A creative, sharply drawn thriller anchored by sturdy prose and a memorable hero.

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THE EXPERIMENT OF DREAMS

New Jersey bartender and author Zenner combines corporate deceit, futuristic technology, and sleep science into a rousing debut.

Heartbroken from the recent loss of his beloved wife, Emily, Baltimore bartender Ben Walker jumps at any chance to participate in the kinds of sleep studies that have helped keep him financially afloat for years. Bored with his life, he frequently finds himself “drinking to oblivion”—a routine interrupted by a tip from a dream scientist about a lucrative, revolutionary project for which he believes Ben, who in past tests has exhibited extraordinary subconscious “control and vividness,” would be perfect. This new lucid-dream sleep study is based in the Hamptons and has been commissioned by eccentric multimillionaire Dr. Timothy Kalispell. The study utilizes a machine nicknamed “Lucy” (for Lucid Transmitter), which reads and records images created during the sleep cycle. Initially, Ben exhibits promising results while doctors view his subconscious “sleep art” imagery as he flies through his mind’s dreamscapes. The project is soon taken on the road to Paris and Rome to incorporate dreams dreamt after seeing art masterpieces, yet even after some overdue spicy romance with beautiful stranger Sophia, things begin to spiral downward. Ben becomes plagued with migraine headaches as Dr. Kalispell unveils his newest technology, the “Vitruvian Machine,” capable of bringing dreamed images to life. Of course, big-business ethics and profit lie behind the grand design, and once the team enlists Ben as a full-time employee, his sketchy dreams of a place called Drapery Falls put him in grave danger. When the lines between what is dreamed and what is real begin to blur, the medical team behind the project shows its contemptible colors. Zenner crafts a well-paced thriller powered by a lively, gutsy protagonist and durable supporting characters nefarious and romantic. Kalispell is a formidable villain, yet Zenner is cleverly careful not to reveal his true nature until the plot is well underway. Fans of reality-bending sci-fi medical thrillers will find much to savor in this futuristic thrill ride with a bloody denouement.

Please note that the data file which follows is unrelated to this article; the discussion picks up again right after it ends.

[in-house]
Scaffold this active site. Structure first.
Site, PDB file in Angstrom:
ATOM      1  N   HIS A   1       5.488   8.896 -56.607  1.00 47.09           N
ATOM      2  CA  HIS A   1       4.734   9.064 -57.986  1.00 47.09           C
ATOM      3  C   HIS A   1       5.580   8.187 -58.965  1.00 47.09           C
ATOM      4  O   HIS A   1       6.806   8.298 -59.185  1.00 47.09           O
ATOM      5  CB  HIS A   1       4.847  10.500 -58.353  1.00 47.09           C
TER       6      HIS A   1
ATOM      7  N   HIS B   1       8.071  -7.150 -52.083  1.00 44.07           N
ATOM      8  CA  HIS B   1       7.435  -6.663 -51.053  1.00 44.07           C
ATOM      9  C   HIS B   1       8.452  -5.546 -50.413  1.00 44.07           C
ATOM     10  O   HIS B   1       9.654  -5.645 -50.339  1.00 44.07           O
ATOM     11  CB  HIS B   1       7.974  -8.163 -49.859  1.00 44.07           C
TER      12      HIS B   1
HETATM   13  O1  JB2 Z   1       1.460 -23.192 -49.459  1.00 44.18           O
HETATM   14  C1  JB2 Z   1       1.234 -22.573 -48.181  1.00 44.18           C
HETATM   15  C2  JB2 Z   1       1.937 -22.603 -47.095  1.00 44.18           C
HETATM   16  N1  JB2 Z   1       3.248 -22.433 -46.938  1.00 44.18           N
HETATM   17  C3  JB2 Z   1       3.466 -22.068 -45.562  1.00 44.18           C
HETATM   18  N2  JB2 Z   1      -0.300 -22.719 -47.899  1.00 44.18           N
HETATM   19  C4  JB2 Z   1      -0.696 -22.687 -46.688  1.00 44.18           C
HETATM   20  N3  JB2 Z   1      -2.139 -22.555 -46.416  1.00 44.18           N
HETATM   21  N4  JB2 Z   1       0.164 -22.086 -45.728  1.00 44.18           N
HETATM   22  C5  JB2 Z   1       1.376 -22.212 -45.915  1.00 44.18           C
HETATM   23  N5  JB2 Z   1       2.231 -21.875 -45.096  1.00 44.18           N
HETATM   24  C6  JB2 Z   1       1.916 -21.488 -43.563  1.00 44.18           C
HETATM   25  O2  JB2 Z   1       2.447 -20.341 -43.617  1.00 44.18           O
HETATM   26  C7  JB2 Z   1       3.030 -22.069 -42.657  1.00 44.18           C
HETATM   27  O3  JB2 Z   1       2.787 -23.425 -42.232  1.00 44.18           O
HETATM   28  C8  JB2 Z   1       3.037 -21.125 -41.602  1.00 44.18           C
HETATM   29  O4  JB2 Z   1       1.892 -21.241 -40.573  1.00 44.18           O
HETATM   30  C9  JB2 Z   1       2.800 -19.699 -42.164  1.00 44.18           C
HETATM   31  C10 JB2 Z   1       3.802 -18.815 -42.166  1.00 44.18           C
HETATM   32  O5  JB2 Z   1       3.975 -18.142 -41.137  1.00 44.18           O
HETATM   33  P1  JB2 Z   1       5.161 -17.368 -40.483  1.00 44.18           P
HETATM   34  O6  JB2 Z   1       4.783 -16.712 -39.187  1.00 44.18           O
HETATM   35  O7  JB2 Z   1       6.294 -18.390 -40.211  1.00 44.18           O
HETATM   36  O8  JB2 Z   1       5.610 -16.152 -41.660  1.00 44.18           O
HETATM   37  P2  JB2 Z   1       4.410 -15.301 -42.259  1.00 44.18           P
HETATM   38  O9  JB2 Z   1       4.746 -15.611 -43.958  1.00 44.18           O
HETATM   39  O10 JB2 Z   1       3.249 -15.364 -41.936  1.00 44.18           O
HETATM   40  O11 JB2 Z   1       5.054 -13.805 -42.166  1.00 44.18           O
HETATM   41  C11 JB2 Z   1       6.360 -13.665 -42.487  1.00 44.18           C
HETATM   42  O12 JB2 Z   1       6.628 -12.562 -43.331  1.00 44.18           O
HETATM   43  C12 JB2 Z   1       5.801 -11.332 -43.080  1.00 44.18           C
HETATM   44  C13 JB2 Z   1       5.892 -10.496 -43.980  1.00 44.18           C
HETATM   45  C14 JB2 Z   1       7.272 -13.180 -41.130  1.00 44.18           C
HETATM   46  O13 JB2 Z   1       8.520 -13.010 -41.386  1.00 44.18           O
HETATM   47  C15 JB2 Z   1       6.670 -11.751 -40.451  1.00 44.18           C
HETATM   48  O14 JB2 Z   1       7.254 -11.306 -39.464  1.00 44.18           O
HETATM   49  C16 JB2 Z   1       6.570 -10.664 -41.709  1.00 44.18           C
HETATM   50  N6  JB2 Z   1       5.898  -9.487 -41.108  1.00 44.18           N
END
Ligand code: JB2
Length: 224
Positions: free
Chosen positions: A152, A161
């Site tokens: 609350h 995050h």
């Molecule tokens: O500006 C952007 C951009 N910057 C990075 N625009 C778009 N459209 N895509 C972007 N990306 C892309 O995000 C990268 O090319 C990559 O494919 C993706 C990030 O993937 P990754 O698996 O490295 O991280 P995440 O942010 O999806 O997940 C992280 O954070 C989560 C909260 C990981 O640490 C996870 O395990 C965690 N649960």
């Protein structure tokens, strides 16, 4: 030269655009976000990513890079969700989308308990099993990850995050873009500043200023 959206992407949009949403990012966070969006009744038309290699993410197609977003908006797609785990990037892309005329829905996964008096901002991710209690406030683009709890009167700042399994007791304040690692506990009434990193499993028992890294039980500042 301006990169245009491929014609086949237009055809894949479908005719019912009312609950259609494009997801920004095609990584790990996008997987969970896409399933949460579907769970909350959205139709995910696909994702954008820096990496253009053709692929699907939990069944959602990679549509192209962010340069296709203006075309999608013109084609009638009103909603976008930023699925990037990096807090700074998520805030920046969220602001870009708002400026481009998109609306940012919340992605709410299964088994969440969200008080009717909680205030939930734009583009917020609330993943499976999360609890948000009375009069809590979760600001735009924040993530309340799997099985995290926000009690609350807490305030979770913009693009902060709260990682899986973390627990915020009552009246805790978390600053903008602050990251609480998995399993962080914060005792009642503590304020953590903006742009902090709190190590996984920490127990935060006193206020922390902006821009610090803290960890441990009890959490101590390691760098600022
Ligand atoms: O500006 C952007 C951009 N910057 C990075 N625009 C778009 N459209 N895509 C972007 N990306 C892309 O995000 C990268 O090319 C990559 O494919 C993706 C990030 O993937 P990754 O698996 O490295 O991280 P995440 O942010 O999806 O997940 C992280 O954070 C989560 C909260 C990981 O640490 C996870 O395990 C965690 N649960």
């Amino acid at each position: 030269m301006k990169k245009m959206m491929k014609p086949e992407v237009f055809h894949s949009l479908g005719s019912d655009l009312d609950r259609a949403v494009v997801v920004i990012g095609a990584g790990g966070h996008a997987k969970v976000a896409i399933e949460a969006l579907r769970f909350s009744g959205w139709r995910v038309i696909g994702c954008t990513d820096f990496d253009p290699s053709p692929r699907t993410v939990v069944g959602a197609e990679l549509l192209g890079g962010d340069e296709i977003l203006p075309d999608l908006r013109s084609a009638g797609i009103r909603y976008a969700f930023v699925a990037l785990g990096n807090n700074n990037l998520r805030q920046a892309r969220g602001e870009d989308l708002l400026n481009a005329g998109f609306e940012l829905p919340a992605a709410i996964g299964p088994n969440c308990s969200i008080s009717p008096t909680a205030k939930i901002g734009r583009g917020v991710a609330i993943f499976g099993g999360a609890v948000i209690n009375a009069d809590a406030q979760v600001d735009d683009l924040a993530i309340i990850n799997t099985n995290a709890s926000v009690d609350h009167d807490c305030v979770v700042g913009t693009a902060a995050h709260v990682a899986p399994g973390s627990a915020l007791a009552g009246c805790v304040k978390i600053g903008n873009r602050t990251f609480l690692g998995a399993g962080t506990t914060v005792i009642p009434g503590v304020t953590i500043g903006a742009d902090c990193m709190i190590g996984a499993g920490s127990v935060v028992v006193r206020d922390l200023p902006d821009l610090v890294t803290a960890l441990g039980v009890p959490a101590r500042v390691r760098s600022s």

A creative, sharply drawn thriller anchored by sturdy prose and a memorable hero.

Pub Date: Dec. 11, 2014

ISBN: 978-0692355138

Page Count: 274

Publisher: CreateSpace

Review Posted Online: March 9, 2015

Kirkus Reviews Issue: May 15, 2015

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A strange, subtle, and haunting novel.

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THE GLASS HOTEL

A financier's Ponzi scheme unravels to disastrous effect, revealing the unexpected connections among a cast of disparate characters.